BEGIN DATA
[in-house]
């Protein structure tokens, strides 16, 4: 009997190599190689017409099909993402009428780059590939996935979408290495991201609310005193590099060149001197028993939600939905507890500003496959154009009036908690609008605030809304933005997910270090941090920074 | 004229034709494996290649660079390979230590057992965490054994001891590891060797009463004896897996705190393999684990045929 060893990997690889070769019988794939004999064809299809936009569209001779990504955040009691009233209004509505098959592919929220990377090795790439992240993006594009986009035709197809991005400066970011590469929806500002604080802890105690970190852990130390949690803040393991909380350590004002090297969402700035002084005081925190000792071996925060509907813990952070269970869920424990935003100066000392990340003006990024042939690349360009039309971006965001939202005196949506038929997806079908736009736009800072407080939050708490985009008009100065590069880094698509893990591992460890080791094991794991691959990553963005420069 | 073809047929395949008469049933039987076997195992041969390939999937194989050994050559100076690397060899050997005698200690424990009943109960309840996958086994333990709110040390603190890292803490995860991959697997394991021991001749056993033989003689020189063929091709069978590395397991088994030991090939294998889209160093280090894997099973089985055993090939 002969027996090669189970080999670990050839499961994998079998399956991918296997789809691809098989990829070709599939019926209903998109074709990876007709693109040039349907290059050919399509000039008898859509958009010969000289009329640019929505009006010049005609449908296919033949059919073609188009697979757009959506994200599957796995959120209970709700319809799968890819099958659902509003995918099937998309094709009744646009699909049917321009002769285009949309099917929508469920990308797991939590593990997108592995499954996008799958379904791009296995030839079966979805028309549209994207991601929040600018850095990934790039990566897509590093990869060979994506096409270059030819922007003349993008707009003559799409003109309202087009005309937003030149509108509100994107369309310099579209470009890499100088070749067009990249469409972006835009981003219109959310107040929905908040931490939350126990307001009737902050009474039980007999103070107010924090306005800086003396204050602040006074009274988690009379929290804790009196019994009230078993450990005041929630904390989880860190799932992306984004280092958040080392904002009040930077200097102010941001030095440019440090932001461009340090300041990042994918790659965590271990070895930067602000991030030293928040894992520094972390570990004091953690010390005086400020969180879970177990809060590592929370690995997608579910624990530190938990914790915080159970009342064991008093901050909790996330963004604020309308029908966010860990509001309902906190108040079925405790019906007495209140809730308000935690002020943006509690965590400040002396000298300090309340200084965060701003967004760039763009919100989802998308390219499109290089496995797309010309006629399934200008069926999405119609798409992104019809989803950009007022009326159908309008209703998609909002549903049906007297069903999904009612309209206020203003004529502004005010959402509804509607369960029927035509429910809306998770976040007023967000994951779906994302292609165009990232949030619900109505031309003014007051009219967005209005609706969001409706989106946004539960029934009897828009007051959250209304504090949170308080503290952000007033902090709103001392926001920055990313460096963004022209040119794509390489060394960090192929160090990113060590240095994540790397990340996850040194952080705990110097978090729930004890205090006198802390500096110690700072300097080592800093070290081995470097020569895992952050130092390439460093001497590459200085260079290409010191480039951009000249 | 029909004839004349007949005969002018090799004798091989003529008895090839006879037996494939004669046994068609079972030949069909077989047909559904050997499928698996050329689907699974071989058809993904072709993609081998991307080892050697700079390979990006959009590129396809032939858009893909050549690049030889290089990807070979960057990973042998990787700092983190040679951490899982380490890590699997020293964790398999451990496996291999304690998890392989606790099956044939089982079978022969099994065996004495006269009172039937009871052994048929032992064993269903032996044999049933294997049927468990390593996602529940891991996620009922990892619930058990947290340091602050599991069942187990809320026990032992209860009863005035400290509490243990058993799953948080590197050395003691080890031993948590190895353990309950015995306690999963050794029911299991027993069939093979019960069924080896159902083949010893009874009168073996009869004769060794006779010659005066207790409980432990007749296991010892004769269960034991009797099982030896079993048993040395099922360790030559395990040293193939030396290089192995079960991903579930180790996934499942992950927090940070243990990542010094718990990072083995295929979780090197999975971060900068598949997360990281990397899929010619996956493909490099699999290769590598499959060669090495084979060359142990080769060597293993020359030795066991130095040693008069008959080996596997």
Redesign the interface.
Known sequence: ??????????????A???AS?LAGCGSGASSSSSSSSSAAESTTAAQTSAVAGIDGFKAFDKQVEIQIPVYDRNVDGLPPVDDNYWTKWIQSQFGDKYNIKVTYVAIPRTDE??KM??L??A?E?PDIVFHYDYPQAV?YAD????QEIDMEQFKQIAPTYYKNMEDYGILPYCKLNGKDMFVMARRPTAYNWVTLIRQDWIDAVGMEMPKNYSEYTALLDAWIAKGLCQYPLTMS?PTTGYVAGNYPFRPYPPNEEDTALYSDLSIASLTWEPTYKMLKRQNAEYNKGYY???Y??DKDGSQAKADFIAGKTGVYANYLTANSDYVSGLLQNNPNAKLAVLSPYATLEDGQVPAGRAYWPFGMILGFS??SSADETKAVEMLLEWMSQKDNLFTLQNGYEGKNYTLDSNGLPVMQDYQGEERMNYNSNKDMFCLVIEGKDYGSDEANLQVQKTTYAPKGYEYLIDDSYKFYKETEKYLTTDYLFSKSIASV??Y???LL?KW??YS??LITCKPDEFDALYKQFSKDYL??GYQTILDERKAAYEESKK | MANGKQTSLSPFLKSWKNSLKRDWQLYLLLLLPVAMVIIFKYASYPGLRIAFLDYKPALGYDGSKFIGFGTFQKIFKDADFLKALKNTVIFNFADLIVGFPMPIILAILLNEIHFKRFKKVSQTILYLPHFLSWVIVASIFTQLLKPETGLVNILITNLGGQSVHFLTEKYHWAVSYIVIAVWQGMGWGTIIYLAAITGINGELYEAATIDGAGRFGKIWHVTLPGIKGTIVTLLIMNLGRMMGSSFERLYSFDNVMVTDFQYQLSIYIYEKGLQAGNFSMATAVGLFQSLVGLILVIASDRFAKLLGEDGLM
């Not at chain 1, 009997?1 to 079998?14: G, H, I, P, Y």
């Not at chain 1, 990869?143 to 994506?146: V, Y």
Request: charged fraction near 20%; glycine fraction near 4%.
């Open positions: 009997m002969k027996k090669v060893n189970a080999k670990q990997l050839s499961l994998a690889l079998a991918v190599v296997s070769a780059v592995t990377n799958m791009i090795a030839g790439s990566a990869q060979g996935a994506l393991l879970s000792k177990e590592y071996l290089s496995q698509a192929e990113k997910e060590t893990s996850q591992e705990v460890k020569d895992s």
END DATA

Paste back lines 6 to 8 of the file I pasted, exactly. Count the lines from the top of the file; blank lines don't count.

């Not at chain 1, 990869?143 to 994506?146: V, Y």
Request: charged fraction near 20%; glycine fraction near 4%.
């Open positions: 009997m002969k027996k090669v060893n189970a080999k670990q990997l050839s499961l994998a690889l079998a991918v190599v296997s070769a780059v592995t990377n799958m791009i090795a030839g790439s990566a990869q060979g996935a994506l393991l879970s000792k177990e590592y071996l290089s496995q698509a192929e990113k997910e060590t893990s996850q591992e705990v460890k020569d895992s």